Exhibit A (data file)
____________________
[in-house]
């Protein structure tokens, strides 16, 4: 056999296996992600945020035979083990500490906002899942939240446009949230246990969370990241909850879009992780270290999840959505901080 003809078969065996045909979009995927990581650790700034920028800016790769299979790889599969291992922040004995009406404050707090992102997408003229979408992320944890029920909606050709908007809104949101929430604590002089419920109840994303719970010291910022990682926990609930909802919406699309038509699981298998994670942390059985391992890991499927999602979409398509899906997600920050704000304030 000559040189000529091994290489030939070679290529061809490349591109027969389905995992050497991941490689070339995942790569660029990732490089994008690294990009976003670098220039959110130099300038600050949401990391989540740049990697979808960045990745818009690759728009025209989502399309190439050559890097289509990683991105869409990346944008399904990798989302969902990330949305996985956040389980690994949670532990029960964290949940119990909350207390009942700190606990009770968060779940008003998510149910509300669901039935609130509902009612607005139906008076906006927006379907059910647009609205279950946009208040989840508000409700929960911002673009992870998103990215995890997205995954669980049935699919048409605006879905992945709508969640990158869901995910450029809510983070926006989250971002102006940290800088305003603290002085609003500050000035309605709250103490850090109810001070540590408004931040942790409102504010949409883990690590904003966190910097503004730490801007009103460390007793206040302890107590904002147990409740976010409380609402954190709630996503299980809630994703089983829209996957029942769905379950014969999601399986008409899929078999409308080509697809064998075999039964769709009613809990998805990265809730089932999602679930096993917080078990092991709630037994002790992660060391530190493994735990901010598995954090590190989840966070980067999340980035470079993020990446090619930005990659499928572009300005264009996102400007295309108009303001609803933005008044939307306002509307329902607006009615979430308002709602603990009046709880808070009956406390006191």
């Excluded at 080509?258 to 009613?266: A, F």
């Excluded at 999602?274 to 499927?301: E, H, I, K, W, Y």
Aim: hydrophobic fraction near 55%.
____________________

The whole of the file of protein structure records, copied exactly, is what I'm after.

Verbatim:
[in-house]
């Protein structure tokens, strides 16, 4: 056999296996992600945020035979083990500490906002899942939240446009949230246990969370990241909850879009992780270290999840959505901080 003809078969065996045909979009995927990581650790700034920028800016790769299979790889599969291992922040004995009406404050707090992102997408003229979408992320944890029920909606050709908007809104949101929430604590002089419920109840994303719970010291910022990682926990609930909802919406699309038509699981298998994670942390059985391992890991499927999602979409398509899906997600920050704000304030 000559040189000529091994290489030939070679290529061809490349591109027969389905995992050497991941490689070339995942790569660029990732490089994008690294990009976003670098220039959110130099300038600050949401990391989540740049990697979808960045990745818009690759728009025209989502399309190439050559890097289509990683991105869409990346944008399904990798989302969902990330949305996985956040389980690994949670532990029960964290949940119990909350207390009942700190606990009770968060779940008003998510149910509300669901039935609130509902009612607005139906008076906006927006379907059910647009609205279950946009208040989840508000409700929960911002673009992870998103990215995890997205995954669980049935699919048409605006879905992945709508969640990158869901995910450029809510983070926006989250971002102006940290800088305003603290002085609003500050000035309605709250103490850090109810001070540590408004931040942790409102504010949409883990690590904003966190910097503004730490801007009103460390007793206040302890107590904002147990409740976010409380609402954190709630996503299980809630994703089983829209996957029942769905379950014969999601399986008409899929078999409308080509697809064998075999039964769709009613809990998805990265809730089932999602679930096993917080078990092991709630037994002790992660060391530190493994735990901010598995954090590190989840966070980067999340980035470079993020990446090619930005990659499928572009300005264009996102400007295309108009303001609803933005008044939307306002509307329902607006009615979430308002709602603990009046709880808070009956406390006191």
């Excluded at 080509?258 to 009613?266: A, F």
């Excluded at 999602?274 to 499927?301: E, H, I, K, W, Y």
Aim: hydrophobic fraction near 55%.